Please know that while the fair market value of the Stührling Original timepieces are noticeably less than the suggested retail price (MSRP) listed for each Stührling Original model, for purposes of a fair comparison to other watches in the marketplace the MSRPs for the Stührling Original timepieces are based upon accepted principles of manufacturing costs for the watch industry … as if they were to be distributed via traditional retailers in a high-end environment.

What makes a watch water-resistant?

There are several features that make a watch water-resistant. The most important is the gaskets, or O-rings – usually made of rubber, nylon or Teflon, which form watertight seals at the joints where the crystal, case back and crown meet the watch case. If the watch is a chronograph, the chronograph pushers will also need to have gaskets.

In addition, water-resistant watch cases are lined with a sealant, applied in the form of a quick-hardening liquid, which helps keep water out.

The thickness and material of the case is also a big factor in determining whether a watch can safely be worn underwater. The case must be sturdy enough to withstand pressure without caving in. This means the case material must be stainless steel, titanium or an equally sturdy metal. Solid gold cases or stainless cases plated with gold can be water-resistant provided they are sufficiently thick.

A screw-in case back, as opposed to one that pushes in, also contributes to water resistance.

A screw-in crown, a feature commonly available in diver's watches, helps prevent water getting into the case through the watch-stem hole. When it is screwed down it forms a water tight seal much like the seal between a jar and its lid.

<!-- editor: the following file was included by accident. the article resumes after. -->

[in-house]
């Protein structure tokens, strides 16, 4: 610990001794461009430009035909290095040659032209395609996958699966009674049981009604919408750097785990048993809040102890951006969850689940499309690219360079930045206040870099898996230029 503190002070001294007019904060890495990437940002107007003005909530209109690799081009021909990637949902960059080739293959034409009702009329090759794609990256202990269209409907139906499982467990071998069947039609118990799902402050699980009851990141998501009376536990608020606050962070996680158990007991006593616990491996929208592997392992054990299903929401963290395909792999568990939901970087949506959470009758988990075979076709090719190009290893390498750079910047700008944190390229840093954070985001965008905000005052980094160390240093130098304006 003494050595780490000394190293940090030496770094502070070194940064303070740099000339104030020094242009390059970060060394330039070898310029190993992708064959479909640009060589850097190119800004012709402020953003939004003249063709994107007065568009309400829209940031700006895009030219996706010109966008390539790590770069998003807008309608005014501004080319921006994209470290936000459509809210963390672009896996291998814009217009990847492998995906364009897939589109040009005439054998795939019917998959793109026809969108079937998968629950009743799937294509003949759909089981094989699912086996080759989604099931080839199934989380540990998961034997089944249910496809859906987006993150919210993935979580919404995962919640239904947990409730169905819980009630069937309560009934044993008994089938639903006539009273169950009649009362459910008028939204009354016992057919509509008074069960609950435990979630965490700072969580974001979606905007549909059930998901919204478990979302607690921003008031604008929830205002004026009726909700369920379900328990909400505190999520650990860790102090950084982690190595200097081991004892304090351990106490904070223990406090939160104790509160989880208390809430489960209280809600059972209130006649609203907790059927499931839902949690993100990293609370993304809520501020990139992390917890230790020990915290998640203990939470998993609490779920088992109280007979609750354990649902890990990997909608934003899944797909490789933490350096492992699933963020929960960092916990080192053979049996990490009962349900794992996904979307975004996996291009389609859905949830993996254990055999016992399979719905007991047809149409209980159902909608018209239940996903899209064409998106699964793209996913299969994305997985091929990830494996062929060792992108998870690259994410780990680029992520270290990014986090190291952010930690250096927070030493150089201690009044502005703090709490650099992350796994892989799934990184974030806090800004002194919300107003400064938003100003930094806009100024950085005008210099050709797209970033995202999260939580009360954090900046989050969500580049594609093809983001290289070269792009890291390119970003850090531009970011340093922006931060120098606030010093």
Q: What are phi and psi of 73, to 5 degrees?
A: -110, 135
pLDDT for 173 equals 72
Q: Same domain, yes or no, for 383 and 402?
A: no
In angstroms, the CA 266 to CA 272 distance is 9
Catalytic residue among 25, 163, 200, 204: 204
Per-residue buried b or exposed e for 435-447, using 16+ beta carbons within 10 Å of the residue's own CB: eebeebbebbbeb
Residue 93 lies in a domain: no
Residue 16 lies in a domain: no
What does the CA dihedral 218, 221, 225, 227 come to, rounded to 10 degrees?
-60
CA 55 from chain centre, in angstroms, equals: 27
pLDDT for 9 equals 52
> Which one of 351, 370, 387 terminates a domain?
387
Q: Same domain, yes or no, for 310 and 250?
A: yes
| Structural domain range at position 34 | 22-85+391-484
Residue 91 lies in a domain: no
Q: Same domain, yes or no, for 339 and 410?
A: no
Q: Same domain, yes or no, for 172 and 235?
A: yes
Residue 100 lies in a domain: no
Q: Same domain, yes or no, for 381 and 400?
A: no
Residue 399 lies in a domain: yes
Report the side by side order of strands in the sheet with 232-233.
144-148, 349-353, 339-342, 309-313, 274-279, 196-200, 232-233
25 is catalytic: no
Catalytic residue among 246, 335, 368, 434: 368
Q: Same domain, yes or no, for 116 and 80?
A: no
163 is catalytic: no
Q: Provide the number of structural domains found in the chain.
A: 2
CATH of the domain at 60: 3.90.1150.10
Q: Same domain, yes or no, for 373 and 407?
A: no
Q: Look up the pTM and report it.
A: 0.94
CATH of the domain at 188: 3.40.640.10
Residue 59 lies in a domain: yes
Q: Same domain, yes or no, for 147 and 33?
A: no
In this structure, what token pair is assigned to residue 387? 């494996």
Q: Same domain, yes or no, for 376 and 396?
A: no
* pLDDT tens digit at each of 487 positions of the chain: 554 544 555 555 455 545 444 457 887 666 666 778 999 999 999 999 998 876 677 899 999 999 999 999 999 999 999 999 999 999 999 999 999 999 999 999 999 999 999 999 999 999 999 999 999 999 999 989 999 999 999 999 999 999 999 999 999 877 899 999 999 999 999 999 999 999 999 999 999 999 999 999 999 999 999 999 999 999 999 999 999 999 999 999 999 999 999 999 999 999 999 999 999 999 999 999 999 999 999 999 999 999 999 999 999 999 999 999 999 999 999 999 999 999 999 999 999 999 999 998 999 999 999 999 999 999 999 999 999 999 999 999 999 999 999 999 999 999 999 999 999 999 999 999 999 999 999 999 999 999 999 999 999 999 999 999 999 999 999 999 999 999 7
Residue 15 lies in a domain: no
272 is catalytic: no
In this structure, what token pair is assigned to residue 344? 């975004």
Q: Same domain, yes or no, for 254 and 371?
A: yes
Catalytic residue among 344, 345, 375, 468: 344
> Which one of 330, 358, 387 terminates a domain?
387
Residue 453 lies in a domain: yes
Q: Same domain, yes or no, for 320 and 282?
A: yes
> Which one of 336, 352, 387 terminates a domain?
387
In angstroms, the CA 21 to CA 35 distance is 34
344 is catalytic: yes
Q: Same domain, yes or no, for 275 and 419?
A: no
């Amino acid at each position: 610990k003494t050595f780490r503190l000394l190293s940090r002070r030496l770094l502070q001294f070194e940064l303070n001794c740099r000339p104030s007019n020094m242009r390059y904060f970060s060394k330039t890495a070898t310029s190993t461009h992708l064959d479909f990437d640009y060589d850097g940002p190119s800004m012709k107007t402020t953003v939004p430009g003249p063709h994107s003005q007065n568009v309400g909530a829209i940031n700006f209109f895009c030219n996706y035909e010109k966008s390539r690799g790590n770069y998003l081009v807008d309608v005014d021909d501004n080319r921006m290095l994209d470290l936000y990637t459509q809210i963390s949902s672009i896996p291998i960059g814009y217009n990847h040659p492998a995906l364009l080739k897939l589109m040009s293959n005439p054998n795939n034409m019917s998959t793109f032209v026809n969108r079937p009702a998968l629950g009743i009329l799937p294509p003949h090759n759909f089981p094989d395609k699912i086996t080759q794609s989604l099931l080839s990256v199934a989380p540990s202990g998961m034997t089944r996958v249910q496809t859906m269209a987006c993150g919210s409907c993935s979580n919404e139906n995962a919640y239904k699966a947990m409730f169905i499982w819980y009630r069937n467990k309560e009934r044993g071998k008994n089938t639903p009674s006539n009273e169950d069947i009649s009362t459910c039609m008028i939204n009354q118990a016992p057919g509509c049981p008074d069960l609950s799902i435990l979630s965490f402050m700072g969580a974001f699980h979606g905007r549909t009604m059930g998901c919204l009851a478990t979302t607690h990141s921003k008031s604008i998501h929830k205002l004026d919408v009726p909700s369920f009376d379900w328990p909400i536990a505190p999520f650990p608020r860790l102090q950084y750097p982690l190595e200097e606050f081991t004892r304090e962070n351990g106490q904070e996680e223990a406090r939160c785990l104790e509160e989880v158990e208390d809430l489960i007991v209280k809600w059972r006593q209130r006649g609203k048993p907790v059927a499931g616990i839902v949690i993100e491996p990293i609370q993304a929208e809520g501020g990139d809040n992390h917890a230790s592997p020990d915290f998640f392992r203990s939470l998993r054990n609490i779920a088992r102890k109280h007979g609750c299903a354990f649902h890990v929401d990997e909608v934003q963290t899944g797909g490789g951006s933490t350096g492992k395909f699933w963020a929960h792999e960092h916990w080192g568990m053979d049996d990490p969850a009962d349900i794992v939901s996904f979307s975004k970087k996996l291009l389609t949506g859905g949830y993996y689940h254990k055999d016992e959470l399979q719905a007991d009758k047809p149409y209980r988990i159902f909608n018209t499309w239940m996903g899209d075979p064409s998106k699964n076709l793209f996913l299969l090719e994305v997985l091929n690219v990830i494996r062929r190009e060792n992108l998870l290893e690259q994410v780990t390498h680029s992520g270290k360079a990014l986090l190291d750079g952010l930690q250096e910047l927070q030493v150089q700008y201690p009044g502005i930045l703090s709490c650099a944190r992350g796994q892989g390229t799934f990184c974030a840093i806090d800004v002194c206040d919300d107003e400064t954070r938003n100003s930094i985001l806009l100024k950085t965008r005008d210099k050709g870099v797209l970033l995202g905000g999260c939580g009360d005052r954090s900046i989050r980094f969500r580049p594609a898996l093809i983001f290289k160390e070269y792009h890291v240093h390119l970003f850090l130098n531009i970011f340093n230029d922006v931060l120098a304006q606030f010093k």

Why aren't watches ever labeled or described in advertising as waterproof even if they can be worn deep-sea submerged diving?

By definition, waterproof implies that the watch case is impervious to water under every condition. Watch manufacturers do not and cannot make this claim because under increasing pressure all watch cases will eventually begin to leak. The term waterproof was discontinued starting in the late 1960s. This change was brought about from several government organizations, including the Federal Trade Commission in the USA, who were investigating truthfulness and accuracy of product labeling and advertising.

For example, if a watch is said to be water-resistant to 100 meters (330 feet), this means that under still conditions at depths not greater than 100 meters, the watch case should not leak. Please read the next FAQ for more detail.

Because the Federal Trade Commission of the US issued guidelines prohibiting the use of the term waterproof to describe watches, including deep-sea diving watches, the proper term is water-resistant.

Therefore, before you purchase a water-resistant watch, become familiar with the different levels of water resistance and the limitations of water-resistant watches to ensure you attain a watch suitable for your needs.

My watch is labeled water-resistant to 50 meters but the manufacturer's instructions say I can only wear it swimming, not snorkeling or diving. Why is that?

The different levels of water resistance as expressed in meters are only theoretical. They refer to the depth at which the watch will keep out water if both the watch and the water are perfectly motionless. These conditions, of course, are never met in the real swimmer's or diver's world. In real life, the movement of the wearer's arm through the water dramatically adds pressure on the watch as well, so it is advised that, to be safe, the watch should be worn to the depths less than what is indicated by lab testing machines.